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    Lesson Plan: Using Identical Matching to Teach Beginning Language Skills to Children with Autism

    Topics: Autism & Preschool Lesson Plans, Autism and Language, Elementary (4-12)



    Stages Learning Using Identical Matching to Teach Beginning Language Skills to Children with Autism lesson plan imageDownload the Matching Cards Lesson Plan

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    Lesson Overview

    Students will use Language Builder 3D – 2D Matching Kits to practice matching things that are the same.

    Skills Practiced

    • Matching
    • Social skills



    This activity can be done with just one child or in a larger group, in a classroom or therapy setting. 


    1. Discuss: Introduce the concept of something being the same as something else. It might help to use practical examples from daily life. For example, you can show the child two identical socks. If age appropriate, discuss with the child other situations in which matching similar objects is useful (putting away cutlery/dishes, folding socks, etc).  
    1. Warm-up: Show the child just one of each animal or food card. Help students identify the names of the different objects they see.
    1. Take out 2 - 4 matching pairs. Ask the child to match the cards that are the same together. If this is difficult, reduce the number of pairs, or place the cards that are the same closer together.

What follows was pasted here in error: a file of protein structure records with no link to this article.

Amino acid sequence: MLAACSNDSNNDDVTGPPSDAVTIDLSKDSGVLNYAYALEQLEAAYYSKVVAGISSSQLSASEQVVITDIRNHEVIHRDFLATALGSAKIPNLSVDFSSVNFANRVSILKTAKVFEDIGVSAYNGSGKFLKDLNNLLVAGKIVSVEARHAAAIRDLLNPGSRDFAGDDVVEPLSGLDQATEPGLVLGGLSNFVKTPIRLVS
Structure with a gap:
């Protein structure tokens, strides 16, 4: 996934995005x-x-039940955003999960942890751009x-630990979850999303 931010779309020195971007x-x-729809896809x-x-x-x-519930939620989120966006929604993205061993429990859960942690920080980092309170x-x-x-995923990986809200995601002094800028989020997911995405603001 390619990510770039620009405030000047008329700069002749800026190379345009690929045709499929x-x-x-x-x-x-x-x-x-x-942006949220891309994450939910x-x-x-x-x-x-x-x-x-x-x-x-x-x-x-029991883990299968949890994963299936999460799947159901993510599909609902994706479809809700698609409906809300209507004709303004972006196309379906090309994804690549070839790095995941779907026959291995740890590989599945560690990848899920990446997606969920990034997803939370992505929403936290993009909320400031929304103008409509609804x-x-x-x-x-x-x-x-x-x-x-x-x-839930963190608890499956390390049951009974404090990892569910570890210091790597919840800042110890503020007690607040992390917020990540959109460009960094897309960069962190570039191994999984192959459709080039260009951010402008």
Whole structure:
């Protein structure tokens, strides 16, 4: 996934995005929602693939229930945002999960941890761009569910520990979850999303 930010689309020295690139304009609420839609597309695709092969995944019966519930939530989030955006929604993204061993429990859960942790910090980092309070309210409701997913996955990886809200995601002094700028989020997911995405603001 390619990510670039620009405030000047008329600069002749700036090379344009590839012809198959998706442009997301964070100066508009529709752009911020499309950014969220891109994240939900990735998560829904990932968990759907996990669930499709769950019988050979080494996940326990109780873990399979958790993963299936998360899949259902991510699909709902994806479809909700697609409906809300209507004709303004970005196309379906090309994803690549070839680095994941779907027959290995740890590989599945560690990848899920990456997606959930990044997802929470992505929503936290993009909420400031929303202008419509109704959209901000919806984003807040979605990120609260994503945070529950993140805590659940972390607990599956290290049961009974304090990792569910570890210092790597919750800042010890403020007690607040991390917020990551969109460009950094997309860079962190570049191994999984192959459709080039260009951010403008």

1. Practice this skill until the child is able to correctly match cards when you begin with 6 to 8 pairs.
    2. Next, mix 2 to 4 pairs of cards and turn them over. Invite the child to help shuffle. Line the cards up in a grid.

    3. Model how the child can only turn two cards over at a time to find a matching pair.
    1. The child can keep any correct matching pair. If playing with more than one child, they can score a point for each matching pair.
    1. When the child is ready, increase the amount of cards. The game is over when all the pairs have been found.
    1. With mastery of matching identical cards, invite the child to match one 3D manipulative to another. Begin with just two manipulatives, gradually increasing the number of distraction items until the child can identify the correct match with all 8 options on the table.



    1. If working with multiple children, this is a great way to encourage collaboration and problem solving. Encourage students to use each other’s names and take turns to flip over the cards.
    1. Instead of a grid, try arranging the cards randomly or in a line.
    1. Have the child say the name of each object as they flip the cards over.
    1. Another way to make the game easier is to begin with all the cards face up. Give the child 10 seconds to try and remember the card locations. Then, flip the cards over and begin the game.
    1. In a group setting, children can play this game in teams, with two people on each team. One benefit is that they will practice interpersonal and verbal skills while negotiating which card to flip over.

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    Sophia Chung

    Written by Sophia Chung

    Sophia Chung is a Masters of Education candidate studying at Harvard Graduate School of Education, focusing on Technology, Innovation, and Education. She is passionate about learning through tinkering, advocating for inclusive education, and storytelling with kids.